Proteins: Body building foods

Victor Dumaguing

THE word protein comes from the Greek word "protos" which means first. In olden times, humans have always preferred meat products from animals they capture from their numerous hunting activities with the firm belief that it provides them with all the energy and strength to run after injured prey and to carry them home after the hunt.

They were right, indeed. While it is true that one gram of protein, like carbohydrates, yield 4 kilocalories for energy purposes, proteins are not primarily meant as energy-giving food- which is the domain of carbohydrates and fats. What makes the body stand and have bulk, are all derived from proteins. The skeleton which makes the body stand, and the muscles that attach to it, the ligaments and tendons and cartilages as well as the tendons that connect different organs in the body are all sourced from proteins. That glossy lustrous hair, the pearly teeth, strong nails are all protein-derived. Thus, it is only under extreme conditions like prolonged starvation or food deprivation, as what would happen if a person is trapped, but not hurt by a big boulder of concrete from a strong earthquake; by then what keeps him alive would first be glycogen, the stored carbohydrates in his liver and skeletal muscles, then all that fat in his body and only when these two are consumed and gone will the body utilize protein as a source of energy.

Actually, the physical structure of the human body - hair, nail, bone, muscle etc. - are made of amino acids which are the building blocks of proteins. From a nutritional point of view, in order to have maximal, optimum protein metabolism, a person should have one gram protein per kilogram weight, so a 70 kg man should have 70 grams proteins. There is also the concept of essential also called indispensable amino acids- because they are not produced by the body and therefore must be provided for in the diet, whereas the non-essential can easily be produced by the body, hence they are also called dispensable.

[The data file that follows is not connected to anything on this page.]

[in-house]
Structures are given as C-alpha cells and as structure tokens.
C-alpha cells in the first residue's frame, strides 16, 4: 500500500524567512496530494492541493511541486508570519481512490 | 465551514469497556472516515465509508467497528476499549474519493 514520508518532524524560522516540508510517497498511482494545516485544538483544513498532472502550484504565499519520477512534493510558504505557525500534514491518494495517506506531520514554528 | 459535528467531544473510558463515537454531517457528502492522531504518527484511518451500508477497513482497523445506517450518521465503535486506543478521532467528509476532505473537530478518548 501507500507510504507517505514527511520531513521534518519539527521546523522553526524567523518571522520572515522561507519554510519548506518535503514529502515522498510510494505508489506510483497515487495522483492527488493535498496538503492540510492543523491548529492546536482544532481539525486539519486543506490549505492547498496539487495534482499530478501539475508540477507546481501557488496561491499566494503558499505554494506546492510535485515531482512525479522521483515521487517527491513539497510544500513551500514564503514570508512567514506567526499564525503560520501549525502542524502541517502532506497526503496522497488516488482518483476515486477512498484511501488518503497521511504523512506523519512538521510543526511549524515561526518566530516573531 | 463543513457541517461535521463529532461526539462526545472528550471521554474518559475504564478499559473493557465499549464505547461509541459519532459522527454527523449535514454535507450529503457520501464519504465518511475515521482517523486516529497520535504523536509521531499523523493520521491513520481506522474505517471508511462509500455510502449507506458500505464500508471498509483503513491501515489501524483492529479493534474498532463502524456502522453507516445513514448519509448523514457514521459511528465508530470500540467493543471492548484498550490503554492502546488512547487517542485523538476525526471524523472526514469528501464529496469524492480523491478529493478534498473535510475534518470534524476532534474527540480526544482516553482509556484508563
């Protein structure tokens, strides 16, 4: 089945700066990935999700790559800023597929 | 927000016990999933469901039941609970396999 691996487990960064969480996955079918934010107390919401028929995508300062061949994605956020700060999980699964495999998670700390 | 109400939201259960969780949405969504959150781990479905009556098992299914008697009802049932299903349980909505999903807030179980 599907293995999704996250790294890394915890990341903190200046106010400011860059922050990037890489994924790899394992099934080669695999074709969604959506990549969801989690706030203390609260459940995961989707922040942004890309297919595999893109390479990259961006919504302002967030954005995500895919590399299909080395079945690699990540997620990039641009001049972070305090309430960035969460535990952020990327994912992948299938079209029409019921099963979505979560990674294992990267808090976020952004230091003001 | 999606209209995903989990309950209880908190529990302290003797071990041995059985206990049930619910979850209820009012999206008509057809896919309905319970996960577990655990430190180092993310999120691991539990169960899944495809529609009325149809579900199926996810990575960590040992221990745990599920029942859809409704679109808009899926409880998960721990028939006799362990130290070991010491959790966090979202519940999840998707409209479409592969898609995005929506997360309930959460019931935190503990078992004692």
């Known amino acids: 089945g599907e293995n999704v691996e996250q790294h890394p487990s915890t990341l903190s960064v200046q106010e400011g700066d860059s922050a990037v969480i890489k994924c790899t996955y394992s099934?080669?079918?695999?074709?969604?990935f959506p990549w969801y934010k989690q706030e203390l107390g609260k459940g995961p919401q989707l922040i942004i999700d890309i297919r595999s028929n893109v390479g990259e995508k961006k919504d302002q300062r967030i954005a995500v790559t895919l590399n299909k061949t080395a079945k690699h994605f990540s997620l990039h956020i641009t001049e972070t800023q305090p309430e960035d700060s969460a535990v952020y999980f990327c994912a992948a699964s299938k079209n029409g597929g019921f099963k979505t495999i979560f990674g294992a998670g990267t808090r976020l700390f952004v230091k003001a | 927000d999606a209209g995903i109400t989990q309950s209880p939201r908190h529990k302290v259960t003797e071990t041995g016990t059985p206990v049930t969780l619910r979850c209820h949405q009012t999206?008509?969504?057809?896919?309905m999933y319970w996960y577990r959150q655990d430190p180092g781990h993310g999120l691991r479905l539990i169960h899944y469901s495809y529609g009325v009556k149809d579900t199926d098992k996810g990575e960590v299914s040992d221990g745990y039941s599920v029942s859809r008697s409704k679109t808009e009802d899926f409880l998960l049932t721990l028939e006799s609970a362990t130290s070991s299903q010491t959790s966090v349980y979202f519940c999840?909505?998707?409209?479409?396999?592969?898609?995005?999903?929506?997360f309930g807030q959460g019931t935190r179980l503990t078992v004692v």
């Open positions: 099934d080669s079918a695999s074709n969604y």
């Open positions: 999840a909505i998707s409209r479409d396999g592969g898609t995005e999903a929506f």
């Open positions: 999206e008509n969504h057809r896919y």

The richest source of proteins is eggs, the fresher the better meaning, once the hen has brought is out and consumed right away, would provide nutritious essential- but not all- amino acids. Take note, we are not encouraging raw eggs because Salmonella typhosa of typhoid fever, might be inside. Moreover, raw egg white contains the substance avidin, which destroys the important vitamin, biotin. Fishes, whether fresh water or saltwater - are also excellent sources, remember the omega 3 fatty acids from deep sea fishes. Meats of course, are on our short list, although from cancer specialist, there is the warning to limit, not totally avoid naman, red meats- beef, veal, venison, lamb- because of their supposed involvement in colon cancer, especially when grilled. White meat like pork and of course, the favorite of kids, chicken. Among the veggies and fruits, legumes like beans are also rich sources of proteins with soya being the most prominent especially for vegans. Biochemistry and nutrition experts all agree that with fats, vegetable oil is healthier than fats derived from animals but when it comes to proteins, animal proteins are superior in so far as providing the essential amino acids needed for optimum sound nutrition and healthy well being.

Bon appétit